What they appear to be saying is that if you take a lower rate anywhere, we will pay you that rate while still charging customers our rate, not the cheaper site's rate.

That is ALL about contributor share and nothing to do with the price the buyer pays.

Well, actually it's all about Fotolia's share, they're not interested in contributors.

« Reply #413 on: September 30, 2011, 08:14 »
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If it's about price then all they should do is stop us having the abilitly to double the price of our images and leave our commision level alone.

« Reply #414 on: September 30, 2011, 08:38 »
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If it's not about the contributors share, why does Fotolia seemingly plan to cut the commission rate but not alter its price to buyers (though he seemed to say something different in that last post)?

What they appear to be saying is that if you take a lower rate anywhere, we will pay you that rate while still charging customers our rate, not the cheaper site's rate.

That is ALL about contributor share and nothing to do with the price the buyer pays.

Well, actually it's all about Fotolia's share, they're not interested in contributors.

No, you missed the point. FT do intend dropping people back to White and dropping the prices of their images accordingly. We'll know if this 'rule' is being applied to the top sellers by seeing how many credits their images are priced at in the future.

« Reply #415 on: September 30, 2011, 08:44 »
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What if I undercut Fotilia's price on photos sold from my personal website?   Will I have to raise my prices to match Fotlia's?

helix7

« Reply #416 on: September 30, 2011, 09:43 »
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...Fotolia is not telling you to stop submitting images to these lower priced agencies. Just do not expect us to sell their same images at a higher price. We will no longer allow this to happen. In a market where there is a good supply of high quality content, Fotolia is trying to avoid reducing our retail prices...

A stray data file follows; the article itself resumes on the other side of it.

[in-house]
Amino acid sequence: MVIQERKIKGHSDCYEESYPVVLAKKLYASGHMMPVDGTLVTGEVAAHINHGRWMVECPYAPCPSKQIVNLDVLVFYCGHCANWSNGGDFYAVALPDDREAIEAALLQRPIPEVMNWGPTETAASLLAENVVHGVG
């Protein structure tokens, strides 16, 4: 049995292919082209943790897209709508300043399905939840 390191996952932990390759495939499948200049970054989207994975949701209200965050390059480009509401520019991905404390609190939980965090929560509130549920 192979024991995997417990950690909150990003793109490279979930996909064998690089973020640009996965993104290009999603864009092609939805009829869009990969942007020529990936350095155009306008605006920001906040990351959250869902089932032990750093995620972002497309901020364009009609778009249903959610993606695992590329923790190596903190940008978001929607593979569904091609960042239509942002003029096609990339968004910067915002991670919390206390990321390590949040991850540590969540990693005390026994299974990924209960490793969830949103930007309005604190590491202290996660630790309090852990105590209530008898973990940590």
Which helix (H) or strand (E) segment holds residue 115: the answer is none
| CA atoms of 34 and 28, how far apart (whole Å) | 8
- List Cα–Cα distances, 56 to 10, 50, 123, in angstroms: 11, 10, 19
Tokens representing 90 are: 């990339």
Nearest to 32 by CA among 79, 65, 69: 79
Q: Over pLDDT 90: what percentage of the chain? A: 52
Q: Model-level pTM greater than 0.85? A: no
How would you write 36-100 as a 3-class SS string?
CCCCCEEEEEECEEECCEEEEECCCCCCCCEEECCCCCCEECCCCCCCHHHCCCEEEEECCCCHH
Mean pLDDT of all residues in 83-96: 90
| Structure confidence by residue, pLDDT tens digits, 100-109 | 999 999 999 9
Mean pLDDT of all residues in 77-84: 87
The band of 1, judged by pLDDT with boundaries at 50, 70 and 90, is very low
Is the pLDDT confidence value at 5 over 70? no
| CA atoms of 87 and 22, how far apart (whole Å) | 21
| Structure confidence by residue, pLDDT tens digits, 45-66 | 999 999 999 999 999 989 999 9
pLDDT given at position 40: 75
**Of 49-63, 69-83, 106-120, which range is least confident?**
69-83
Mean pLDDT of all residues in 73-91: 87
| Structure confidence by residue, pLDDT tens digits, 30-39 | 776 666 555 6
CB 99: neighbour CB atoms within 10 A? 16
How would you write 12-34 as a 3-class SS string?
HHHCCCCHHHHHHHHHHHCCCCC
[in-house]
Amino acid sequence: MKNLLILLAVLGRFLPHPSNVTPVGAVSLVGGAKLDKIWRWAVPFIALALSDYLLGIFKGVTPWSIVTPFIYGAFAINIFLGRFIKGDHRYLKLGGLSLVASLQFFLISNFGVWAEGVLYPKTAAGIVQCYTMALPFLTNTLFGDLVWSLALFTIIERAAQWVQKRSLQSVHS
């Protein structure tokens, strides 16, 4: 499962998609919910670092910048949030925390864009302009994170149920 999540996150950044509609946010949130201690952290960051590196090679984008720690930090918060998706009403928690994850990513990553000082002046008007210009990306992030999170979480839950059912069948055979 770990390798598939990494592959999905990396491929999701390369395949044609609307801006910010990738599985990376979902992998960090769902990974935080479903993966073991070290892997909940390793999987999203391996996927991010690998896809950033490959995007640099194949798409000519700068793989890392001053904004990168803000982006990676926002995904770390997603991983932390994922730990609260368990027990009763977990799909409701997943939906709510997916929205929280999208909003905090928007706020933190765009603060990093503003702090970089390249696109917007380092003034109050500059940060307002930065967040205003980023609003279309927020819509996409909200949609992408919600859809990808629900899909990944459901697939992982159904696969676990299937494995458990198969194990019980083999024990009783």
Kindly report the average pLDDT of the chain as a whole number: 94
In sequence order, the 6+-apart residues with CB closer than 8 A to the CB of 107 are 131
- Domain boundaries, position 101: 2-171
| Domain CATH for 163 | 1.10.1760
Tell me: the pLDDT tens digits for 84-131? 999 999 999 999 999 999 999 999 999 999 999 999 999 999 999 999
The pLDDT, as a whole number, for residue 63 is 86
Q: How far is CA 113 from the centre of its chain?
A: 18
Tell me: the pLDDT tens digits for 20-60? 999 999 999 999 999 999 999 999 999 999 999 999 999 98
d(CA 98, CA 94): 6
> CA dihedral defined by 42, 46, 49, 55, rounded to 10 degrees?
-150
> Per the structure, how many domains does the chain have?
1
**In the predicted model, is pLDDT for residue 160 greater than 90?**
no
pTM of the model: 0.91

This reeks of the istock royalty cut reasoning. I'm just waiting to hear the word "unsustainable" from Chad. Count Fotolia as yet another company that is putting the burden on contributors to make up for their own internal shortfalls.

...We're not listing the agencies, but some have been named here already. If you are selling images at prices much lower than the top 4 microstock sites then you might want to review your options.

Name names, Chad. You're asking us to redefine how we do business in microstock and take a financial hit for your benefit. The very least you could do is list the agencies you disapprove of.

I hope Fotolia understands the hypocrisy of all this. It was companies like Fotolia and istock that came along years ago and undercut the traditional stock agencies, selling images at prices far lower that the major royalty-free stock houses. So it was ok for them to do it back then, but now when someone does it to them, contributors are at fault.
« Last Edit: September 30, 2011, 09:47 by helix7 »

« Reply #417 on: September 30, 2011, 09:58 »
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No, you missed the point. FT do intend dropping people back to White and dropping the prices of their images accordingly. We'll know if this 'rule' is being applied to the top sellers by seeing how many credits their images are priced at in the future.

Ah, yes, of course. Going back to the fotolia base price for those who have upgraded their images.

I never got to the point of being able to adjust my prices.

PS: My guess is that there is a legal reason for them not naming the agencies they object to. Perhaps it would get them sued.
« Last Edit: September 30, 2011, 10:00 by BaldricksTrousers »

velocicarpo

« Reply #418 on: September 30, 2011, 10:08 »
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The whole bahaviour of Fotolia is just ridiculous. Full of fishy stuff like "may", "maybe" "certain unnamed companies"...you cannot do professional business like this.

Who do you think will trust you in the future? You lost with this all your credibility. For me it seems to be more like a "we have to punish those who support our competition" bla....a very childish reaction. If you want to get a better position against competition offer good exclusivity terms. That is what exclusivity is made for. I, for my part, spreaded out because of the lack of trust, not because of maximizing profit.

Even if we would stop support newcomers, what then? You throw out competition and then? Whats next? Cutting comissions?

I still think if you would communicate yourself better you would have had the possibility to get the Contributors in the boat, but like this, I doubt you will have success...

« Reply #419 on: September 30, 2011, 10:12 »
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To me, this issue appears disputable in the following context: At the moment or in the near future, who stands a better chance of becoming the best image seller?
Sales and profits are exactly what we, as well as microstock owners, care of most of all. Moving away from growing microstocks will mean even greater destruction to our business model which keeps transforming every single day.